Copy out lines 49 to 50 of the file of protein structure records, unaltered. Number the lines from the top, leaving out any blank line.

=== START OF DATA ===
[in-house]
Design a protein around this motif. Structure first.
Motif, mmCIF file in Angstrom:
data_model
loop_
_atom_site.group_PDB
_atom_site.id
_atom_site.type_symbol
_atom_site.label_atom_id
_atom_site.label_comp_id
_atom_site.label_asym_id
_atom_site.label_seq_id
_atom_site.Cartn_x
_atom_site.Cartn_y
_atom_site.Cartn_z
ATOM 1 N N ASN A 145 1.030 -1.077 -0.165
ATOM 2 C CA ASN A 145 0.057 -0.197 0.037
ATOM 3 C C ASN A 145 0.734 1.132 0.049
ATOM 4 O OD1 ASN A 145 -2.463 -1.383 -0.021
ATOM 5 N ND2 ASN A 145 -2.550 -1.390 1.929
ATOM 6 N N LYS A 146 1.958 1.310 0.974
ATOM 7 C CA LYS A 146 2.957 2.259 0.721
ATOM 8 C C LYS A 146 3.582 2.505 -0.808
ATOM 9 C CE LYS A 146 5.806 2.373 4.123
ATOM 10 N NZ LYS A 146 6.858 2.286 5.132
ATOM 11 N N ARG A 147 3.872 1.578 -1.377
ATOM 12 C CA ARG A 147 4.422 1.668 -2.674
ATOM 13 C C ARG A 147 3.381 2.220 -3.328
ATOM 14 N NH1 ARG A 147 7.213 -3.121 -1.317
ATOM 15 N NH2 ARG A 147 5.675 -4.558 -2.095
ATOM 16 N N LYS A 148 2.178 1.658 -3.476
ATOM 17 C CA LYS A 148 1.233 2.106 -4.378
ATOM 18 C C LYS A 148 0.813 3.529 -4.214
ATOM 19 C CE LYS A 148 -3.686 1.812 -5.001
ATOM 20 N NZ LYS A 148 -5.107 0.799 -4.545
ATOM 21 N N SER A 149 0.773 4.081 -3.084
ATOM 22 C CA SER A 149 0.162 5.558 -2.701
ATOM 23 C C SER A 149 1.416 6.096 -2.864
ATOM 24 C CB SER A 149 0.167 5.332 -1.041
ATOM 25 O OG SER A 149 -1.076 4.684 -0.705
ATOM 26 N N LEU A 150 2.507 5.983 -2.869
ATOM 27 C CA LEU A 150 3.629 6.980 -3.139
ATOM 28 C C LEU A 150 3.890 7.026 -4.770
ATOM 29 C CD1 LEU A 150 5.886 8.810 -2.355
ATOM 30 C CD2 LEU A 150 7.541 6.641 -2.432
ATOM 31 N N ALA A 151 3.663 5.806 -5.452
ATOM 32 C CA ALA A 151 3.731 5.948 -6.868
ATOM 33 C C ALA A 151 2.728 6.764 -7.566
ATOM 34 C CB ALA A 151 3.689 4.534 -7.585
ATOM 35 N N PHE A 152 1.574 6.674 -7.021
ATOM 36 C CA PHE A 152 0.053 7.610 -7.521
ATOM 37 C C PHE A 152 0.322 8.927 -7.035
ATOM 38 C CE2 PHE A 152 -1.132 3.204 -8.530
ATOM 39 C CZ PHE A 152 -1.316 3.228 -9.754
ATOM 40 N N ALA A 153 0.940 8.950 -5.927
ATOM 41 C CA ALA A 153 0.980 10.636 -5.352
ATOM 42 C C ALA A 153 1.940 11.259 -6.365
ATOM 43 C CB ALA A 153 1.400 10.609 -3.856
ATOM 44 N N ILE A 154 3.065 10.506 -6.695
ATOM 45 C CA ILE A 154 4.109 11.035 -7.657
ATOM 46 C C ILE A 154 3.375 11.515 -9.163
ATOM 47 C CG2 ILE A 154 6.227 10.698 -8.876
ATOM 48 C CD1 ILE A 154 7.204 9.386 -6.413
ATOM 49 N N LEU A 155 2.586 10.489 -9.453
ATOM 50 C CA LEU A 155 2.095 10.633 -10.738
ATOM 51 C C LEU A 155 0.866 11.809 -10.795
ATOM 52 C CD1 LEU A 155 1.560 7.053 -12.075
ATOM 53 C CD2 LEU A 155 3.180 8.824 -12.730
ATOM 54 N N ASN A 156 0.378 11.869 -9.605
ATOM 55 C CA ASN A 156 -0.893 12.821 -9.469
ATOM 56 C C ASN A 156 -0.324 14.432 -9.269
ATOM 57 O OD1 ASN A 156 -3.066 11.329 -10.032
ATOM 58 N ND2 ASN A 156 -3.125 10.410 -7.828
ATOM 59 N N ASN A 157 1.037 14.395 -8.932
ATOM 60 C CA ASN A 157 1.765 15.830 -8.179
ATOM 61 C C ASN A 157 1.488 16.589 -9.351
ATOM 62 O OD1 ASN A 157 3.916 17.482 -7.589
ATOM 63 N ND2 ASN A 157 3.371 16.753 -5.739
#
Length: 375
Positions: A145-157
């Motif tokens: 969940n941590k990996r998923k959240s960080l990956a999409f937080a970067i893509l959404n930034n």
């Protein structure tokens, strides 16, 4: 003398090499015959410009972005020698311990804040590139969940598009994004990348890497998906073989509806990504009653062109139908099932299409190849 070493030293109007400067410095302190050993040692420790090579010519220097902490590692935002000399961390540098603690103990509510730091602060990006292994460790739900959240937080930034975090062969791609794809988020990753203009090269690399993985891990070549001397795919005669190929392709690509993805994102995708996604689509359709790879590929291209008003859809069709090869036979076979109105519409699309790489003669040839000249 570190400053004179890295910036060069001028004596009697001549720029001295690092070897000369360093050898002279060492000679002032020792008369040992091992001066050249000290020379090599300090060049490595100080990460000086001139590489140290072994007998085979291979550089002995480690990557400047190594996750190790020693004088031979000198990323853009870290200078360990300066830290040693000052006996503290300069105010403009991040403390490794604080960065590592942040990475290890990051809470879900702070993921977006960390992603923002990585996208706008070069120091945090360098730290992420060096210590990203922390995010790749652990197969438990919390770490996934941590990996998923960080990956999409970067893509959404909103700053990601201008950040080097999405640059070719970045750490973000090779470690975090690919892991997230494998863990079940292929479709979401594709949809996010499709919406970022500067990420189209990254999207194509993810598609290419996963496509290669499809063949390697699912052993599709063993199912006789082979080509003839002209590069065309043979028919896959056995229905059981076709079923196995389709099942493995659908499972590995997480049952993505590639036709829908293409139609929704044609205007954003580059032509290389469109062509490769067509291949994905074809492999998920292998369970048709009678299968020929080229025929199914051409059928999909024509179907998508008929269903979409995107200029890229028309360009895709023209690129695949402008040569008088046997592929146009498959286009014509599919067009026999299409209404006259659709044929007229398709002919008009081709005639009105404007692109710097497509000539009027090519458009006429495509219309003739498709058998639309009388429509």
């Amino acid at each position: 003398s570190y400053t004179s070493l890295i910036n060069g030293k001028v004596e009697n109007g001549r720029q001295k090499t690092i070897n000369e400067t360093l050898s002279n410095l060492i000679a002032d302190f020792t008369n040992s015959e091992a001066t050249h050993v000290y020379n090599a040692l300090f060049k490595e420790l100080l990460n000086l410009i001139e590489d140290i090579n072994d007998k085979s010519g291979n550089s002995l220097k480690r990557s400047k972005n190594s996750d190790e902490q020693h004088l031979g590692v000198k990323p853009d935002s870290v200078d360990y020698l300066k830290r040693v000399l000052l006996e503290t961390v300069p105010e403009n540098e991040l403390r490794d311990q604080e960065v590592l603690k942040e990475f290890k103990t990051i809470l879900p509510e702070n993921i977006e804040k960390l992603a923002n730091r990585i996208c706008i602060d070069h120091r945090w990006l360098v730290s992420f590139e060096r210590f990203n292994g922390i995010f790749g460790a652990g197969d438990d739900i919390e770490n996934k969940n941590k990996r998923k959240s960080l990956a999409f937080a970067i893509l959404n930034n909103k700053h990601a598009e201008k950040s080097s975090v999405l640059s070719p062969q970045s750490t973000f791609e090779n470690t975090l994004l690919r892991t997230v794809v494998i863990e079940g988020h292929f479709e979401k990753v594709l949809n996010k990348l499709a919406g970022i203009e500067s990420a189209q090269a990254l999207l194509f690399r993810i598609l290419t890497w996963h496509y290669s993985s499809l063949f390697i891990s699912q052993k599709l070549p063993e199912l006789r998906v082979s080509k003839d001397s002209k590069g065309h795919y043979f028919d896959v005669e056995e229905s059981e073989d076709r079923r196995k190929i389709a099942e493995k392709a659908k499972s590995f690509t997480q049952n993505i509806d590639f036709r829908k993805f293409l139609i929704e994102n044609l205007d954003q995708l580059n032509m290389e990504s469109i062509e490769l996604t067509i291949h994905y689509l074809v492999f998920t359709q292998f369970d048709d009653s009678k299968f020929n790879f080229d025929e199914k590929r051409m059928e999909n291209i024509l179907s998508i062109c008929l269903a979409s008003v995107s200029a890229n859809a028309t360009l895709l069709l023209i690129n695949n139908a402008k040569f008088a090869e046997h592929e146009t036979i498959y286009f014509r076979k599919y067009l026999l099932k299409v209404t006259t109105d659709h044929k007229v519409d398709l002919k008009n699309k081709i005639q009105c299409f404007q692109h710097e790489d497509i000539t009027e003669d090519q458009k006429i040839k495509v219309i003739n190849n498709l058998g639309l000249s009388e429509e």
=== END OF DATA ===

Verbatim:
ATOM 34 C CB ALA A 151 3.689 4.534 -7.585
ATOM 35 N N PHE A 152 1.574 6.674 -7.021